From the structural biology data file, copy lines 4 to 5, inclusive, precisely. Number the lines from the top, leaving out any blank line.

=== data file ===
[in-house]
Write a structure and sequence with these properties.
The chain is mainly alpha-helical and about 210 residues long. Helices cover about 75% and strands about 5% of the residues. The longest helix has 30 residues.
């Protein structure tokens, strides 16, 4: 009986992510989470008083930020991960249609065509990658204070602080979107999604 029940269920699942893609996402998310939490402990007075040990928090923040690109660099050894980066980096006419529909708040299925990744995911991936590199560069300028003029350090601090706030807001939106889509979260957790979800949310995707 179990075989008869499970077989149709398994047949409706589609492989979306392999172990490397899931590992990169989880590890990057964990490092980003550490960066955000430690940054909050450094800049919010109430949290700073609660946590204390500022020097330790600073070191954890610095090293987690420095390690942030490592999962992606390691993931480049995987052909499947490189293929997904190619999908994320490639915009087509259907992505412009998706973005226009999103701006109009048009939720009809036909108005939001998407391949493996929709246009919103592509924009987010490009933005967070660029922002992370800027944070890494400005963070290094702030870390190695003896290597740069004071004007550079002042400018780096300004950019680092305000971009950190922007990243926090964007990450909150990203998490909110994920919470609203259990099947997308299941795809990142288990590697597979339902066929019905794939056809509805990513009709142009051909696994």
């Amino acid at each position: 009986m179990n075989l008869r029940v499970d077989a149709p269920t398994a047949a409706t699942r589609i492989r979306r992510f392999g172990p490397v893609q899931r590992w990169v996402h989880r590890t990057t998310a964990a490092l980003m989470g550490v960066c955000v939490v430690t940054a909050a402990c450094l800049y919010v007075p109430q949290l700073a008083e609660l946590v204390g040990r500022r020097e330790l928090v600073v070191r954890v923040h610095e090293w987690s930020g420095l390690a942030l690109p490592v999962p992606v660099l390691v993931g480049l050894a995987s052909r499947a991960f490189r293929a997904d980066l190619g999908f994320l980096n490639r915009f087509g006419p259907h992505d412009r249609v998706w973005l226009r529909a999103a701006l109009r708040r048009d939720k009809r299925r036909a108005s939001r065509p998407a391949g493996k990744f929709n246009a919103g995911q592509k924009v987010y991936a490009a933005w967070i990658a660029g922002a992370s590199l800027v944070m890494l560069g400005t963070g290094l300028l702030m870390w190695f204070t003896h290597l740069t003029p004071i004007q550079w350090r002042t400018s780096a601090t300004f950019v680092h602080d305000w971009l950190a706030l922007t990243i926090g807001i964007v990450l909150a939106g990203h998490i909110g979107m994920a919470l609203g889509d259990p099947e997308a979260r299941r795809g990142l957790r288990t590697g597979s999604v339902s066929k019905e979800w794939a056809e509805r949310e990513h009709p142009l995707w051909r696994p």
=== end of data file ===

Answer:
């Protein structure tokens, strides 16, 4: 009986992510989470008083930020991960249609065509990658204070602080979107999604 029940269920699942893609996402998310939490402990007075040990928090923040690109660099050894980066980096006419529909708040299925990744995911991936590199560069300028003029350090601090706030807001939106889509979260957790979800949310995707 179990075989008869499970077989149709398994047949409706589609492989979306392999172990490397899931590992990169989880590890990057964990490092980003550490960066955000430690940054909050450094800049919010109430949290700073609660946590204390500022020097330790600073070191954890610095090293987690420095390690942030490592999962992606390691993931480049995987052909499947490189293929997904190619999908994320490639915009087509259907992505412009998706973005226009999103701006109009048009939720009809036909108005939001998407391949493996929709246009919103592509924009987010490009933005967070660029922002992370800027944070890494400005963070290094702030870390190695003896290597740069004071004007550079002042400018780096300004950019680092305000971009950190922007990243926090964007990450909150990203998490909110994920919470609203259990099947997308299941795809990142288990590697597979339902066929019905794939056809509805990513009709142009051909696994």
């Amino acid at each position: 009986m179990n075989l008869r029940v499970d077989a149709p269920t398994a047949a409706t699942r589609i492989r979306r992510f392999g172990p490397v893609q899931r590992w990169v996402h989880r590890t990057t998310a964990a490092l980003m989470g550490v960066c955000v939490v430690t940054a909050a402990c450094l800049y919010v007075p109430q949290l700073a008083e609660l946590v204390g040990r500022r020097e330790l928090v600073v070191r954890v923040h610095e090293w987690s930020g420095l390690a942030l690109p490592v999962p992606v660099l390691v993931g480049l050894a995987s052909r499947a991960f490189r293929a997904d980066l190619g999908f994320l980096n490639r915009f087509g006419p259907h992505d412009r249609v998706w973005l226009r529909a999103a701006l109009r708040r048009d939720k009809r299925r036909a108005s939001r065509p998407a391949g493996k990744f929709n246009a919103g995911q592509k924009v987010y991936a490009a933005w967070i990658a660029g922002a992370s590199l800027v944070m890494l560069g400005t963070g290094l300028l702030m870390w190695f204070t003896h290597l740069t003029p004071i004007q550079w350090r002042t400018s780096a601090t300004f950019v680092h602080d305000w971009l950190a706030l922007t990243i926090g807001i964007v990450l909150a939106g990203h998490i909110g979107m994920a919470l609203g889509d259990p099947e997308a979260r299941r795809g990142l957790r288990t590697g597979s999604v339902s066929k019905e979800w794939a056809e509805r949310e990513h009709p142009l995707w051909r696994p």